Niche Fragrance Magazine

Reviews

Al Waad (Promise) by Dominique Ropion for Frederic Malle

The ad copy for Al Waad (Promise) by perfumer Dominique Ropion for Les Editions de Parfums Frederic Malle reads as follows:

“Frédéric Malle celebrates two precious varieties of rose in the Promise Eau de Parfum.

A harmonious blend of rose essence from Bulgaria and rose absolute from Turkey are lifted by apple, pink pepper and clove, and bound to a sensuous base of patchouli, cypriol and labdanum for a truly unbreakable accord.”

I agree with the “truly unbreakable accord” bit. I sprayed this on at 2pm yesterday and as of 2pm today, Promise is still there. But while one can’t argue with its performance, I’m ambivalent about whether it’s outstayed its welcome on the piece of skin real estate stretching from my right wrist to inner elbow. KEEP ON READING

Creed Viking: Lost at sea or ready to capture the world?

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Upon spraying Viking, I get an intense lavender note. It’s spicy and immediately reminds me of fougeres of yesteryears. Within the first 20 minutes, the lavender and peppercorn/pink pepper subside, at which point citrus/bergamot lightens the mood. The heart of Viking is seemingly the most unisex aspect of a relatively “masculine” offering. It’s where the rose emerges and a creamy sandalwood. (Think Cartier Declaration d’un Soir with a toned down rose note) The dry down is where the magic happens, albeit in a POST-IFRA chop shop, world. I’m met with oak moss, sandalwood, patchouli, and persistent lavender. KEEP ON READING

Summers in Paris: Creed’s Original Vetiver

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Of all my summer fragrances, only one takes me straight to France. The whimsical, white columns and sculptures of Paris are only done justice by sartorial elegance with a bit of flair, which is exactly what Creed does best. Look no further than Creed’s Original Vetiver, which (contrary to popular opinion) is both heavy on the vetiver and quite original.

Based solely on the opening, Original Vetiver does smell similar to Mugler’s Cologne, a fragrance that is sometimes heralded as the “original” Original Vetiver merely because it was released a few years earlier. But while there is a similarity of style and genre, these fragrances are quite different. Original Vetiver is significantly more expensive, but is worth the premium if you like the style. Where Mugler Cologne is extremely heavy on the musks and fresh citruses/neroli, Original Vetiver has more complexity since it incorporates several textures at once. KEEP ON READING

Sheep ruh

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Season of mists and mellow fruitfulness,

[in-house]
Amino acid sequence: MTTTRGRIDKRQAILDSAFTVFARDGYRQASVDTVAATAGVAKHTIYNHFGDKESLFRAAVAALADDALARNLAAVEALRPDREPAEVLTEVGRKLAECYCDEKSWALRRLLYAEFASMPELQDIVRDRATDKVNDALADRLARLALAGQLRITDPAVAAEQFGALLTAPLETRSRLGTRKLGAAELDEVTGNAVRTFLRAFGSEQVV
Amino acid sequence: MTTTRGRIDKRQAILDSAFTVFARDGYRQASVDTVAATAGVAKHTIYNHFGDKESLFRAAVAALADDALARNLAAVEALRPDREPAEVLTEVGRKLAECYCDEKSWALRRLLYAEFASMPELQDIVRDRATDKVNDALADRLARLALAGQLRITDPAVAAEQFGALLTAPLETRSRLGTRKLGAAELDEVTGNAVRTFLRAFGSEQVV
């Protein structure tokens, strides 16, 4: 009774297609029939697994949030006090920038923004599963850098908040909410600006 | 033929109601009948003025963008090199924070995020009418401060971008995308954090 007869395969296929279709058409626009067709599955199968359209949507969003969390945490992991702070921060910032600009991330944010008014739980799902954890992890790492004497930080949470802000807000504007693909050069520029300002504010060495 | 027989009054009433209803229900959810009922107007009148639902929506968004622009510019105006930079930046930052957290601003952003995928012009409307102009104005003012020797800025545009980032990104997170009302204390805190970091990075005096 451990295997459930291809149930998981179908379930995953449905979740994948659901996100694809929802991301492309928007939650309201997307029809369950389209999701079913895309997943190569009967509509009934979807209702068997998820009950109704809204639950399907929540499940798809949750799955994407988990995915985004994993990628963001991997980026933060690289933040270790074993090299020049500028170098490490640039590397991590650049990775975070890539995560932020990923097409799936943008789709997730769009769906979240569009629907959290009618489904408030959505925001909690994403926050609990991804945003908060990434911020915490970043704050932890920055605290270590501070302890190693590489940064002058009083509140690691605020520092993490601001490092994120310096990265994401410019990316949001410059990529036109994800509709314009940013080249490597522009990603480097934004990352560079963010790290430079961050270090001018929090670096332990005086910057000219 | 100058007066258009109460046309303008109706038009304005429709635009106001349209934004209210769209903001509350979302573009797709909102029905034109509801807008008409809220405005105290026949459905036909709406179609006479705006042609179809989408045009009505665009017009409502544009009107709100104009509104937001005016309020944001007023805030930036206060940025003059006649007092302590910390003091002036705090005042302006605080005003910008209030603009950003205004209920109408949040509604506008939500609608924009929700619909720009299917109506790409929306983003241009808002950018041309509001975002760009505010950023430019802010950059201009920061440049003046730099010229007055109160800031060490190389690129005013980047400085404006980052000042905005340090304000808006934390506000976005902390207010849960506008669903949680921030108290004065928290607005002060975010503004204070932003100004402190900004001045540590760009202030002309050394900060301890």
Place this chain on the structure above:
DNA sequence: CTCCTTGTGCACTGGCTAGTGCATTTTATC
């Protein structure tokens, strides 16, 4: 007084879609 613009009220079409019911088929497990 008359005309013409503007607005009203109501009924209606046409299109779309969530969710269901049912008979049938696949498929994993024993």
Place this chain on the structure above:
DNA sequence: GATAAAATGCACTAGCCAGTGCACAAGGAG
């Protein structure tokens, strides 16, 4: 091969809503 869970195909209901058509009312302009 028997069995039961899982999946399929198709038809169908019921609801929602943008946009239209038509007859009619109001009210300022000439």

Close bosom-friend of the maturing sun;
Conspiring with him how to load and bless
With fruit the vines that round the thatch-eves run.

I can never see the first changing colours in the hedgerows without Keats’ poem coming to mind. As I drove to work today through the English countryside, I saw a blush on a beech and a flame on a poplar, as the mists rose off the river Wye. The time has come to put away the coconut, tiare, white flowers and aquatic accords and get sheepish. OK, I mean chyprish, but allow me the pun. KEEP ON READING

My Sainted Aunt, sugar

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I don’t often comment on the packaging of fragrances, being greedy to get into the bottle and sniff, but in this case I feel I must.
Josh Meyer at Imaginary Authors goes all-out to create a world around each of his fragrances, which you slip into from the moment you pick them up. My travel spray of Saint Julep arrived in a mysterious box, banded with a beautiful intricate design that reminded me of late Victorian ‘gothic’ book illustrations.

I read the notes and descriptions of Saint Julep, to immerse myself in the world of Milton Nevers. He is the imaginary author whose quotes are sprinkled into this packaging and across the company’s website – well worth a look, by the way, for its melding of perfume, art, and eccentric inventiveness. Imaginary Authors is a brand build on a concept, and they achieve it very well. Each fragrance in the range is intended to embody a novel, bring it to life and immerse you in the sights, scents and sounds of the story. Now, I could imagine what I think Moby Dick smells like (aquatic accord and ambergris, no?) but you might have a different opinion. Which is why these books and their authors are imaginary, and the fragrance that epitomises them and brings them to life is created by Josh Meyer in Oregon. He has a remarkable imagination. KEEP ON READING

2017 Summer Favorites

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When it comes to wearing fragrance, summer is my favorite season. Maybe it is my taste, or the fact that I live in a hot, dry climate, but when I am out in public under the blazing sun, I’d much, MUCH rather smell summer fragrances. On those days, sweet scents can smell too sticky and gross, and spicy scents can smell like cumin-tinged sweat in the heat. But those summery citruses and florals, oh my… THOSE can be beautiful. Here are some favorites that I’ve been enjoying in Summer 2017: KEEP ON READING

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